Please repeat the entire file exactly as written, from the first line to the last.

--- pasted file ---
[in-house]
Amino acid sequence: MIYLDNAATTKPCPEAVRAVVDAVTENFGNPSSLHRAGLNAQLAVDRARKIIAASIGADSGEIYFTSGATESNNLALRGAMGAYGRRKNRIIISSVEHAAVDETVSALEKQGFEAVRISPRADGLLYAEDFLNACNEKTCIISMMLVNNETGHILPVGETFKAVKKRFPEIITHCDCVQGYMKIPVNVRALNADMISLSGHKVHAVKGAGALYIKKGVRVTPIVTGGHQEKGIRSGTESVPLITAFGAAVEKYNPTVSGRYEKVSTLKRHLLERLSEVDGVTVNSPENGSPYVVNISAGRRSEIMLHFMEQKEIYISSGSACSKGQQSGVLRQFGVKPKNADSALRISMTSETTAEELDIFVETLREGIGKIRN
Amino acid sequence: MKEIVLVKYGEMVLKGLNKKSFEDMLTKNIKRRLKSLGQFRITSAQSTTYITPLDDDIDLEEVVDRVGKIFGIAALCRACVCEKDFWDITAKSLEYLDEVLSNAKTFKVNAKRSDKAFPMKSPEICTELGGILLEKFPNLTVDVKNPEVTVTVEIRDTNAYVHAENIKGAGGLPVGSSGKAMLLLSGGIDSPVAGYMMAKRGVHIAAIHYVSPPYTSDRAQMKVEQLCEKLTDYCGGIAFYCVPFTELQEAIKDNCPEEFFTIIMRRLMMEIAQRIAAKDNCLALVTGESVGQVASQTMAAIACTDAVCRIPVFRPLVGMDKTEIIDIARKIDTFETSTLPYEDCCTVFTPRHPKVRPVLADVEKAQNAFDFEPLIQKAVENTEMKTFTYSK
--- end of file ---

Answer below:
[in-house]
Amino acid sequence: MIYLDNAATTKPCPEAVRAVVDAVTENFGNPSSLHRAGLNAQLAVDRARKIIAASIGADSGEIYFTSGATESNNLALRGAMGAYGRRKNRIIISSVEHAAVDETVSALEKQGFEAVRISPRADGLLYAEDFLNACNEKTCIISMMLVNNETGHILPVGETFKAVKKRFPEIITHCDCVQGYMKIPVNVRALNADMISLSGHKVHAVKGAGALYIKKGVRVTPIVTGGHQEKGIRSGTESVPLITAFGAAVEKYNPTVSGRYEKVSTLKRHLLERLSEVDGVTVNSPENGSPYVVNISAGRRSEIMLHFMEQKEIYISSGSACSKGQQSGVLRQFGVKPKNADSALRISMTSETTAEELDIFVETLREGIGKIRN
Amino acid sequence: MKEIVLVKYGEMVLKGLNKKSFEDMLTKNIKRRLKSLGQFRITSAQSTTYITPLDDDIDLEEVVDRVGKIFGIAALCRACVCEKDFWDITAKSLEYLDEVLSNAKTFKVNAKRSDKAFPMKSPEICTELGGILLEKFPNLTVDVKNPEVTVTVEIRDTNAYVHAENIKGAGGLPVGSSGKAMLLLSGGIDSPVAGYMMAKRGVHIAAIHYVSPPYTSDRAQMKVEQLCEKLTDYCGGIAFYCVPFTELQEAIKDNCPEEFFTIIMRRLMMEIAQRIAAKDNCLALVTGESVGQVASQTMAAIACTDAVCRIPVFRPLVGMDKTEIIDIARKIDTFETSTLPYEDCCTVFTPRHPKVRPVLADVEKAQNAFDFEPLIQKAVENTEMKTFTYSK